To get your hands on these gift tags just click the button below to enter your email address. I’ll then email you a link to a PDF of the free printable gift tags (and you might get another freebie too!) All you need to do is print the PDF onto some card.
You’ll also be subscribed to my newsletter to get all the latest updates and offers each month (if you’re already a VIP subscriber you’ll be getting this freebie in the next newsletter, so don’t worry about missing out!)
Print the PDF onto A4 size card stock. It doesn’t have to be particularly thick, so any plain card that goes through your printer will do.
Cut around the light grey tag shaped outlines. You can use a guillotine to get really straight edges if you have one, but scissors and some careful cutting will work just as well 🙂
Punch a hole in each tag where indicated – just use one end of a normal paper punch.
Thread some ribbon or string through the hole of each gift tag and tie together. you can do this two different ways…
And voila! You have some ready to use gift tags…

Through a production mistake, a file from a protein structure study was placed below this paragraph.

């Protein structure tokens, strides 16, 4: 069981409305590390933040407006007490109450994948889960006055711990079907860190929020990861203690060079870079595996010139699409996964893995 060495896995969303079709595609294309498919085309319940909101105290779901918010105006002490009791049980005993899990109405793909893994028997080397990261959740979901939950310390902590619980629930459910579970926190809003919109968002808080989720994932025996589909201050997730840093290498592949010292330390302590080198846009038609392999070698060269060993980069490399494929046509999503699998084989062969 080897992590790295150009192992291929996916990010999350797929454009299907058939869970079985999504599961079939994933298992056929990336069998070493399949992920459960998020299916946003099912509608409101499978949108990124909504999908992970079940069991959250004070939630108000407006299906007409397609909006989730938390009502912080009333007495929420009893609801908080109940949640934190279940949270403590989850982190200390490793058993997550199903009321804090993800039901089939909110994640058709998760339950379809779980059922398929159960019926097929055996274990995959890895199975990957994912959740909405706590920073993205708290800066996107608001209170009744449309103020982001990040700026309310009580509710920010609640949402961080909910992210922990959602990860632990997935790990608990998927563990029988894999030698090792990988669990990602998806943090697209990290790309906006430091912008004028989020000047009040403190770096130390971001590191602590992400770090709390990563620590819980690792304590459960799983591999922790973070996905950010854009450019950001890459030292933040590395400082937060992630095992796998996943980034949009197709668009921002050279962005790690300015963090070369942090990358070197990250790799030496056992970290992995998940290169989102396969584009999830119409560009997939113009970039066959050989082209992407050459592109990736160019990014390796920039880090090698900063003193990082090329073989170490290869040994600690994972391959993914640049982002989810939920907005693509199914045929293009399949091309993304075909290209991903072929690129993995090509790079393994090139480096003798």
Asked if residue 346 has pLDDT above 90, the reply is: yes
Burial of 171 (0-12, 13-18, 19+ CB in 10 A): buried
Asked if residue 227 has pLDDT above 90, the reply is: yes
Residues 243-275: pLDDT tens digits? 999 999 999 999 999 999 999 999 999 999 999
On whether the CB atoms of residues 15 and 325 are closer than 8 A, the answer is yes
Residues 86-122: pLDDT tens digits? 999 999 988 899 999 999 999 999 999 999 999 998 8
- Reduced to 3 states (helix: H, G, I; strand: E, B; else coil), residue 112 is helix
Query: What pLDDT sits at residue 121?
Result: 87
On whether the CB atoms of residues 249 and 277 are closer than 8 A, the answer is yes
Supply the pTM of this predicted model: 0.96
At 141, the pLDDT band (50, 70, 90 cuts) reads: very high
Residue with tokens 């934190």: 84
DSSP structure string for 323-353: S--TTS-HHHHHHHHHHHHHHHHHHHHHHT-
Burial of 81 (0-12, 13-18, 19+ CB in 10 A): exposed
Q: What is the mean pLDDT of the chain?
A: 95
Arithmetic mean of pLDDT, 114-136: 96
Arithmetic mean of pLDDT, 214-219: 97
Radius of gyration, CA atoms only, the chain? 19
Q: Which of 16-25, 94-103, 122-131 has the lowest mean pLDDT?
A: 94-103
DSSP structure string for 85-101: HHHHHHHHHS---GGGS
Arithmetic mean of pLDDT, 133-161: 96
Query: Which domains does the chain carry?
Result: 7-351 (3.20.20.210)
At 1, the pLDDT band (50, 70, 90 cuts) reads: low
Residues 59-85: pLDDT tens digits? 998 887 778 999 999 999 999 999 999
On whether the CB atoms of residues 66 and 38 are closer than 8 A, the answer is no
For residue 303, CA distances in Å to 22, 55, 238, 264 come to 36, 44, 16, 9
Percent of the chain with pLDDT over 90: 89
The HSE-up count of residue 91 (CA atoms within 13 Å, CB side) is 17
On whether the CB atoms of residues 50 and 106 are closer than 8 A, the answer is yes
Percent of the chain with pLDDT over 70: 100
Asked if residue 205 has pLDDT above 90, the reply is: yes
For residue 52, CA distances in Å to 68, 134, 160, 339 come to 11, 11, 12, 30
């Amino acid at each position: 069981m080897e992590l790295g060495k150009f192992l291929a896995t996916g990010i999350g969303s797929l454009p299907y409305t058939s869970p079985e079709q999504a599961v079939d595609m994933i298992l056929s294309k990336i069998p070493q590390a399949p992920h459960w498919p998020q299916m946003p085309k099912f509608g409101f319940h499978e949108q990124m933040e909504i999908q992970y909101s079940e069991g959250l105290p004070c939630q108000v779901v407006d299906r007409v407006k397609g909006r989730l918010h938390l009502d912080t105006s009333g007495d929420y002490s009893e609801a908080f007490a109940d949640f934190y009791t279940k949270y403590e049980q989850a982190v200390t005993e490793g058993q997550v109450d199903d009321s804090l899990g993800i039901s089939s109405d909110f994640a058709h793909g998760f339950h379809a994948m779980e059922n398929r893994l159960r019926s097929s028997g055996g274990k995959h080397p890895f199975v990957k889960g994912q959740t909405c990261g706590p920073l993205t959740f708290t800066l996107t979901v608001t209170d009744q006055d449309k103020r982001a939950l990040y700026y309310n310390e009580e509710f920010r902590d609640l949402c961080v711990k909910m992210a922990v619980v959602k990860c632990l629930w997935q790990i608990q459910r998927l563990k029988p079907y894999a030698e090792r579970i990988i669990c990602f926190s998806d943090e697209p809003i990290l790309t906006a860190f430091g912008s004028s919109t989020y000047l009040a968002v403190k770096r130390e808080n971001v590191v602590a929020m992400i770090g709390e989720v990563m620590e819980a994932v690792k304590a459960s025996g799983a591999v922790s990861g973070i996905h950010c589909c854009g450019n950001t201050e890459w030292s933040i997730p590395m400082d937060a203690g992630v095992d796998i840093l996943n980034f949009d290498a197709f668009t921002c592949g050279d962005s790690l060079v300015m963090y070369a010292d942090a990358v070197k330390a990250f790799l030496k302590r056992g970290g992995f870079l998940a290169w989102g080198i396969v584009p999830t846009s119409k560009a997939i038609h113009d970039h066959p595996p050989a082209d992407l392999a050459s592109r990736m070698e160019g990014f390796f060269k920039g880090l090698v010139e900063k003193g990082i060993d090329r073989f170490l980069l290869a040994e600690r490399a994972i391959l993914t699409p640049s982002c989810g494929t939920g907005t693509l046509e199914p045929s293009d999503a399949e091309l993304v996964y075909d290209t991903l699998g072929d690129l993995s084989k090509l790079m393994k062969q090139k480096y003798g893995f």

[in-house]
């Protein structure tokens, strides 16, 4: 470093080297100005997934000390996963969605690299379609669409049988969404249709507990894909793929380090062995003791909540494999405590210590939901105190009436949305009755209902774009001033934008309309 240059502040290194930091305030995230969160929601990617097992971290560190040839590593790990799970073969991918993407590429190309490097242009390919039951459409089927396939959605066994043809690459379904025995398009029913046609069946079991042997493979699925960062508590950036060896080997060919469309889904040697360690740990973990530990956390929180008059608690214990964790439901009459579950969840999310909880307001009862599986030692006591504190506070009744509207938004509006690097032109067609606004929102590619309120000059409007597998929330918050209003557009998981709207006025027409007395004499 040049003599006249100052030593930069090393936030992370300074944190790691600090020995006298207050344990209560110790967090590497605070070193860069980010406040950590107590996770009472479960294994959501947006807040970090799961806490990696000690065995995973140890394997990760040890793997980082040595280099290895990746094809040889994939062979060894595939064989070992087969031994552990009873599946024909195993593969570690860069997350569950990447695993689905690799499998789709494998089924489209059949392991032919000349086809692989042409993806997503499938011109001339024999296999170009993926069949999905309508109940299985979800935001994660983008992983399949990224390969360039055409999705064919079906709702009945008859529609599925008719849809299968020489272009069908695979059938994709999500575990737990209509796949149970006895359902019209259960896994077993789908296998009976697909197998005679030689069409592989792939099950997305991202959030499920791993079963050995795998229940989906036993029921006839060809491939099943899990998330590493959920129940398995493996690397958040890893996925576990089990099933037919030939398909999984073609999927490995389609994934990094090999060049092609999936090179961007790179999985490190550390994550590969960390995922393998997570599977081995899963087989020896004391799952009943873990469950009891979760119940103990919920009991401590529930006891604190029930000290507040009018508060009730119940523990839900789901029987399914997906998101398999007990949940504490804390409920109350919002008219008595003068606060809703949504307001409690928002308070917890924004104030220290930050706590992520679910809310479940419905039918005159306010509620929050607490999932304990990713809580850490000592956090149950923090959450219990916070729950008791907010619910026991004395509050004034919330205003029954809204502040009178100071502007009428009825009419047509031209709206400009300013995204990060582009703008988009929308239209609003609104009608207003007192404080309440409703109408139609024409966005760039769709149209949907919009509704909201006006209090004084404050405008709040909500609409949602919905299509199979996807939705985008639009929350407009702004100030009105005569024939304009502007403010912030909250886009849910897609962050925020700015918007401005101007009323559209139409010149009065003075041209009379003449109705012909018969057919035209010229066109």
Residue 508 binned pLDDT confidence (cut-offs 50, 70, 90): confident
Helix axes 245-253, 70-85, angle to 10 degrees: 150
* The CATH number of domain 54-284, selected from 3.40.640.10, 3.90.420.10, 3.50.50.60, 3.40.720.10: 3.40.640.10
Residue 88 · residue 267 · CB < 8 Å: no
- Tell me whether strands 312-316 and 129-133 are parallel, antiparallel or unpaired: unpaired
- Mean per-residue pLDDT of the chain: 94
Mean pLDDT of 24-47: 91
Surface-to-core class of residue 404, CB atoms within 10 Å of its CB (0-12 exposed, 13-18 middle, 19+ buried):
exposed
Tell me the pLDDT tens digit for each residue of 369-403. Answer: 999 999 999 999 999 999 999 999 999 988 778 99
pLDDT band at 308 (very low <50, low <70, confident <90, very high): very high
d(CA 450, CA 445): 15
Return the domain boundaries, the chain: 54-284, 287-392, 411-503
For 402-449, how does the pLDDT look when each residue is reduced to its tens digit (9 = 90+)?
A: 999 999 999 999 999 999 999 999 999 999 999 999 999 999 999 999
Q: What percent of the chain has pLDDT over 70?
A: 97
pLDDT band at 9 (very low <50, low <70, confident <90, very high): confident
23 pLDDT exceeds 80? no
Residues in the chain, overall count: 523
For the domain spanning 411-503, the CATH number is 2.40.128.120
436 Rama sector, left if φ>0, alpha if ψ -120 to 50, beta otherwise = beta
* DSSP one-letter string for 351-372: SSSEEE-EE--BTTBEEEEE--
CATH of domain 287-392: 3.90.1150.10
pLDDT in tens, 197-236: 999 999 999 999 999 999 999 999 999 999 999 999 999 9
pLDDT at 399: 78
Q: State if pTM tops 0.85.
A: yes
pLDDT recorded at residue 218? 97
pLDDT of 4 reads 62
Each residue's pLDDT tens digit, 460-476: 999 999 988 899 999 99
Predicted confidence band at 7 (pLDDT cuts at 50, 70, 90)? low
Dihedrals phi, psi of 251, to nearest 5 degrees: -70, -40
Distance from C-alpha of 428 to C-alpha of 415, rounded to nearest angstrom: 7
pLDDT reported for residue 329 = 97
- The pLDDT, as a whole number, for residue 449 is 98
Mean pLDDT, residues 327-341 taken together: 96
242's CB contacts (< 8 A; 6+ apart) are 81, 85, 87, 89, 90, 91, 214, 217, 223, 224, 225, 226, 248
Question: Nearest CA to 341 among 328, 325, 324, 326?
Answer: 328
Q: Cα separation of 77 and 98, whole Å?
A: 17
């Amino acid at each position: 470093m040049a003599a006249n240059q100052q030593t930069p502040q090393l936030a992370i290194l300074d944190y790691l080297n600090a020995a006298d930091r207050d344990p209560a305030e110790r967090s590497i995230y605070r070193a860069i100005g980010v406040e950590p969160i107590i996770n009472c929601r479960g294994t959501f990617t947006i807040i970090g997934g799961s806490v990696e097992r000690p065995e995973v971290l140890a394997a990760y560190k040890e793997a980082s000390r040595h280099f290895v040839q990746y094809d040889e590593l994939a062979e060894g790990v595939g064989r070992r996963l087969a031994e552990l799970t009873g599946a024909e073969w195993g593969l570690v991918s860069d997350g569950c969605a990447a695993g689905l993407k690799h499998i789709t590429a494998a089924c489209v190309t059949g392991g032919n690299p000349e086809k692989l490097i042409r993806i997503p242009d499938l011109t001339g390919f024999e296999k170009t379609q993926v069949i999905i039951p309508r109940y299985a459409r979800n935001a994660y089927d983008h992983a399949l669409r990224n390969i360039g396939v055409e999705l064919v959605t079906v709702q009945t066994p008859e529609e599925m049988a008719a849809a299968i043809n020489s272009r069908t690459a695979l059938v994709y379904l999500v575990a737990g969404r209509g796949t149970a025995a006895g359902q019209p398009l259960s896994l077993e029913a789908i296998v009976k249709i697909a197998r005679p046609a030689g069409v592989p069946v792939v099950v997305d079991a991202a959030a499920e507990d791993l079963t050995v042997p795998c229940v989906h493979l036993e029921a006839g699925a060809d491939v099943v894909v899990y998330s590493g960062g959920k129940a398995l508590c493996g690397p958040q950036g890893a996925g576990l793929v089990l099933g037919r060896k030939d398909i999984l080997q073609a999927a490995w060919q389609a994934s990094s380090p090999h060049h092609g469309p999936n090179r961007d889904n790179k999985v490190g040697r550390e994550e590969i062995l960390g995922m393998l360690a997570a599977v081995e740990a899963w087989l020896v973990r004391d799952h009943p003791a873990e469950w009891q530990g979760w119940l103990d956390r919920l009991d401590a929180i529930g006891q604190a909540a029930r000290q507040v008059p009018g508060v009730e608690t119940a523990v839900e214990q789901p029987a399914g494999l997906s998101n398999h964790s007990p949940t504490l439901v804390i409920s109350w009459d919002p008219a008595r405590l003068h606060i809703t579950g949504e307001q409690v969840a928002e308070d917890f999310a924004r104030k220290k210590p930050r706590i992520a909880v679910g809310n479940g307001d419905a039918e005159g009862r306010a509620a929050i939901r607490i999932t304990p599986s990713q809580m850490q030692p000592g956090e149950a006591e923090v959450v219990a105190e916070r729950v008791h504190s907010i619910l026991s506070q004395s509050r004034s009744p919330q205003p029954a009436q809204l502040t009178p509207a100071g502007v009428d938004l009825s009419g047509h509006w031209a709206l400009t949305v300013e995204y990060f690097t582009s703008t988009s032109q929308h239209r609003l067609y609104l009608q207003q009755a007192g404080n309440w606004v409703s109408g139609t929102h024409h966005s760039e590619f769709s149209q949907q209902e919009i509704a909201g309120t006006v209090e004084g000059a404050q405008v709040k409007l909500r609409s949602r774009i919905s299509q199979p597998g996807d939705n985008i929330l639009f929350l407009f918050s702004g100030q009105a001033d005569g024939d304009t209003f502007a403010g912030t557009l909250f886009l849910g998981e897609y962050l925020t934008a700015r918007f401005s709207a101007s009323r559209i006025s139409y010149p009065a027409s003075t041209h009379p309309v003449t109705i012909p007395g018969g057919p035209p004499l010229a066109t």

They’re great for sprucing up plain wrapping. The bright colouring makes them a real feature against any plain coloured paper, including white or brown paper. The picture below shows a gift wrapped in plain white computer paper which really makes the ribbon and gift tag pop!
You can also create a gift bag yourself out of paper and attach a gift tag – you’ll find the instructions on this page: Gift wrapping ideas
I hope you have fun with them! I’d love to see how you use them, so if you post your creations on Instagram or Facebook, please tag me so I can take a look 🙂
I’ve been doing a lot of custom cartoon portrait orders for cards and prints over the last few years. People just seem to love seeing themselves and others in cartoon form! Read on to find out how I go about creating my stick figure portraits step by step…
When I get an order for a cartoon portrait card or print the first thing I do is get in touch with the customer to ask them to send photos and find out if they have any preferences regarding outfits, etc. If the photos show anyone both with and without glasses or a beard then I’ll double check which version they want. (I did once get two photos of someone’s Dad for a personalised birthday card which both showed him with a beard, and I was only when I sent the first proof that she told me he no longer had a beard… in a tone that seemed surprised I didn’t know this…)